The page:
On the day of the incident, the two dual-tired skidder operators were dragging felled and bucked (limbed and cut to size) trees to the landing to be loaded onto trucks. The victim was in the process of hooking up his third log when the second skidder passed by him on the way to the landing. The second skidder operator heard a loud pop and thought the winch cable on the victim's skidder had broken. He continued on to the landing, thinking he would help the victim on his return trip. The second operator was approximately 100 yards from the victim on his return trip when he saw the victim standing on a stump at the rear of the skidder. The victim then tried climbing up the right-rear skidder tires and frame to the operator's cab. The second operator saw the victim slip and fall into the water, possibly striking his head on one of the skidder's cable rollers. When the second skidder operator saw that the victim did not stand up, he drove his machine toward the victim. Because of areas of deep water and heavy brush in the swamp, it took him five minutes to reach the victim. He found the victim face down in the water, about six inches below the surface. He pulled the victim onto a log and initiated cardiopulmonary resuscitation (CPR). He called to the loader operator to get the foreman. When the foreman arrived, he told the loader operator to call 911 from the company truck, then assisted the second skidder operator. They lifted the victim onto the skidder's wheels and continued CPR. When the emergency medical service arrived, one of the paramedics was taken by a skidder to the site approximately 3 mile into the swamp. Motor vehicle passage was not possible due to the mud and water. The paramedic returned in approximately 15 minutes and stated that the victim was dead. Sheriff's deputies who had arrived at the site summoned the coroner. When the coroner arrived, he was transported to the site by skidder and pronounced the victim dead. An abrasion was found on the right side of the victim's forehead, but it could not be determined if it was caused by the victim's head striking a cable roller. Results of the autopsy are pending.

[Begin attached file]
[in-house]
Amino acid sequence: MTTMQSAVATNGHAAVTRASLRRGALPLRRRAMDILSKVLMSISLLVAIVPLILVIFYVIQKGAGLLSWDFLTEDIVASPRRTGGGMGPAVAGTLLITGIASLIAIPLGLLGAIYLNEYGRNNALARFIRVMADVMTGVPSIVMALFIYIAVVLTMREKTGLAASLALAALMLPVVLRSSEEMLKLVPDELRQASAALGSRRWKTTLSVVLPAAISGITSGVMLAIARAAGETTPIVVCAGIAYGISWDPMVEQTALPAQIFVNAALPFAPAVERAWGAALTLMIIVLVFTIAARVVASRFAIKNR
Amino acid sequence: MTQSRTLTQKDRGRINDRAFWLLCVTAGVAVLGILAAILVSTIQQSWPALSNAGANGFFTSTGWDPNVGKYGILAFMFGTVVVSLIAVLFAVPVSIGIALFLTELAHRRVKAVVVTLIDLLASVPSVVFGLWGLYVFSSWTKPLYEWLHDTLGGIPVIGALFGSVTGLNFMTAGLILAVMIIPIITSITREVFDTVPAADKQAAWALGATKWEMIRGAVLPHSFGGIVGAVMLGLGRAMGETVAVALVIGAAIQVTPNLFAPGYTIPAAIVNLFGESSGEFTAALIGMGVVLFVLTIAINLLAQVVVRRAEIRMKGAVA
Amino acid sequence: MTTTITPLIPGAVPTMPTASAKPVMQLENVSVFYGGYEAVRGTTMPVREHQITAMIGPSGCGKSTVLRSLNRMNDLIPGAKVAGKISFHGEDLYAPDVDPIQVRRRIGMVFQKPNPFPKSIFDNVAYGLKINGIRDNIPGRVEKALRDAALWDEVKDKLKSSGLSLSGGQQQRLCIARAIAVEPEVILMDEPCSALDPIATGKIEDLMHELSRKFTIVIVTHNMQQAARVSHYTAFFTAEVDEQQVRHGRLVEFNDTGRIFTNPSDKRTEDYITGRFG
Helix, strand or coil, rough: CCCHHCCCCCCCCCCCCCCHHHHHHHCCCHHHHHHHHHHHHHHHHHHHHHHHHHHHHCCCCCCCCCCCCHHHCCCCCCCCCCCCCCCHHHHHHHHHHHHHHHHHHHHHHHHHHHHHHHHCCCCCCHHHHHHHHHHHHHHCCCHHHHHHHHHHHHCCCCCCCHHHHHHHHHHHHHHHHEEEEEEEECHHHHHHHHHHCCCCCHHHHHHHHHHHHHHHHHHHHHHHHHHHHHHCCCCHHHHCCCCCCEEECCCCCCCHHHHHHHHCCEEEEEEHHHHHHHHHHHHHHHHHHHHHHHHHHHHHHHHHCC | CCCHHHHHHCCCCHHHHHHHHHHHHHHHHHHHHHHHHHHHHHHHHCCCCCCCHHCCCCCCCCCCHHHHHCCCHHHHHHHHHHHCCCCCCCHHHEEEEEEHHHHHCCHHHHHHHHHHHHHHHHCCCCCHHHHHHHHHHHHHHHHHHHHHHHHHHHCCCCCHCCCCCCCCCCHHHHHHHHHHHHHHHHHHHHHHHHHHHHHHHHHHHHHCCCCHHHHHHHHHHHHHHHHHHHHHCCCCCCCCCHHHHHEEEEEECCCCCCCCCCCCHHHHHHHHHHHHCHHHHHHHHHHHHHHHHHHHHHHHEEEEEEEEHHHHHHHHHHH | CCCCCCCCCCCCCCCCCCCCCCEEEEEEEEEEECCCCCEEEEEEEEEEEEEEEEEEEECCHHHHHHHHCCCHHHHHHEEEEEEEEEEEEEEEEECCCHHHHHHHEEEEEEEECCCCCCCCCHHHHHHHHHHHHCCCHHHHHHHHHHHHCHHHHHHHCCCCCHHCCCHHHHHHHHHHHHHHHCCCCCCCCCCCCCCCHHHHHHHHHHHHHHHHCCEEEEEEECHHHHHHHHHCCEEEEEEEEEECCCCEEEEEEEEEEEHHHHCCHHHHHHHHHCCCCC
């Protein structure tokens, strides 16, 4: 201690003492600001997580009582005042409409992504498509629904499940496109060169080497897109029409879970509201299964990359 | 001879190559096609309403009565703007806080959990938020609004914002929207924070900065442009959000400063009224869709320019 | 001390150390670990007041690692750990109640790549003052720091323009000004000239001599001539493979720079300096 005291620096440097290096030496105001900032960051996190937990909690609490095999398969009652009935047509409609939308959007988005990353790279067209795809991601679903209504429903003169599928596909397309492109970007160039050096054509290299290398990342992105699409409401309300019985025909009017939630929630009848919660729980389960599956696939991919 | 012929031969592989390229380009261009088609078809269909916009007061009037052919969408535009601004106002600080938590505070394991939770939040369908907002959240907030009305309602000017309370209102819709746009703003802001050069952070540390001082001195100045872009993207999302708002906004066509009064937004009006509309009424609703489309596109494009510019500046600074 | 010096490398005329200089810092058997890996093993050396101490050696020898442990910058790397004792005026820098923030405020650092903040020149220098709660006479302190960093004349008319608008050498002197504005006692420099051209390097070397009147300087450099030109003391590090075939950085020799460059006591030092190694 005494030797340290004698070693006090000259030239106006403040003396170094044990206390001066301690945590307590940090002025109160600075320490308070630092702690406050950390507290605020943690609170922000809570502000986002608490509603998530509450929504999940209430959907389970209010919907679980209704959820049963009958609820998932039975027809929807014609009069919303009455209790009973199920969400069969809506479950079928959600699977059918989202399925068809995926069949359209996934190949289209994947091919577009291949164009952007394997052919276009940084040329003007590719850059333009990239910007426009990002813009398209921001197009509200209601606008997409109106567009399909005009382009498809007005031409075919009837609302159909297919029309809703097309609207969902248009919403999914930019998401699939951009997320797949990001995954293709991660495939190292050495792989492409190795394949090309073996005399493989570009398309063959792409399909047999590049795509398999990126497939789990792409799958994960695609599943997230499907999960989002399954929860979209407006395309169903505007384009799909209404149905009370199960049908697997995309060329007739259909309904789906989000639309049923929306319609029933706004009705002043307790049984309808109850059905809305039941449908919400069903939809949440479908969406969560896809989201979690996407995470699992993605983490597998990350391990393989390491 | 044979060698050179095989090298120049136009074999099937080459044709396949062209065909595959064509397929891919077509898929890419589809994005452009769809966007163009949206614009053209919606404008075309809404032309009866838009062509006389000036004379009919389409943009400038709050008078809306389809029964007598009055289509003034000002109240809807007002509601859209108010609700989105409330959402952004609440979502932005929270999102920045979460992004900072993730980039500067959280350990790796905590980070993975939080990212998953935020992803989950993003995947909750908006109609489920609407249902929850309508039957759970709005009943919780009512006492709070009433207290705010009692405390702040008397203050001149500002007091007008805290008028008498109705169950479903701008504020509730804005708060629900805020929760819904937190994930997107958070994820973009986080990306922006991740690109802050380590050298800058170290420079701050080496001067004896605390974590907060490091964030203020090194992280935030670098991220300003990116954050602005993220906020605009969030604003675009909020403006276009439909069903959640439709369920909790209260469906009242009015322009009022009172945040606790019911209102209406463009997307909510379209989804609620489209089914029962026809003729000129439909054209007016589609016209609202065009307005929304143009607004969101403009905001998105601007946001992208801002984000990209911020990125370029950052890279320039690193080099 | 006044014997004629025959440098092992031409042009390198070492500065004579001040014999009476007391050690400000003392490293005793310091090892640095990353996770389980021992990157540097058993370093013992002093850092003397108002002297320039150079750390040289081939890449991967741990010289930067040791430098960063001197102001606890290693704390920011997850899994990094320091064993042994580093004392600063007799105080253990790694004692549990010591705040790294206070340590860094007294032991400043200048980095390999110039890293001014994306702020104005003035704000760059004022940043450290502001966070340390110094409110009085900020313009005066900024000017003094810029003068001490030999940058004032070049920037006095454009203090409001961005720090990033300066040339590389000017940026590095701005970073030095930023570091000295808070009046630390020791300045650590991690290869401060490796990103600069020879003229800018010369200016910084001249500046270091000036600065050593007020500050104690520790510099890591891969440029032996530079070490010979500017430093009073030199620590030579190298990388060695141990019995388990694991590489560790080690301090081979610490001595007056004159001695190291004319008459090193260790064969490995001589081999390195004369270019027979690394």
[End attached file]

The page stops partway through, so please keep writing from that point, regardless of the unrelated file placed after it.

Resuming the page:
CAUSE OF DEATH
The medical examiner listed -- (Still pending. Drug and alcohol involvement are suspected pending autopsy. This could add a recommendation on evaluating a worker's condition prior to work.)
Recommendation #1: Employers should instruct workers to use the means of access and egress to machinery that are incorporated into the design of the machinery.
Discussion: In this instance the victim was exposed to a slipping and fall hazard by climbing the tire to access the operator's cab. The exposure was compounded by the wet work environment and mud and water on the tires. The skidder was equipped with a steel-grated step and hand hold that could have been used to access the operator's cab and would have lessened the exposure to the slipping and fall hazard.
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- Page last reviewed: November 18, 2015
- Page last updated: October 15, 2014
- Content source:
- National Institute for Occupational Safety and Health Division of Safety Research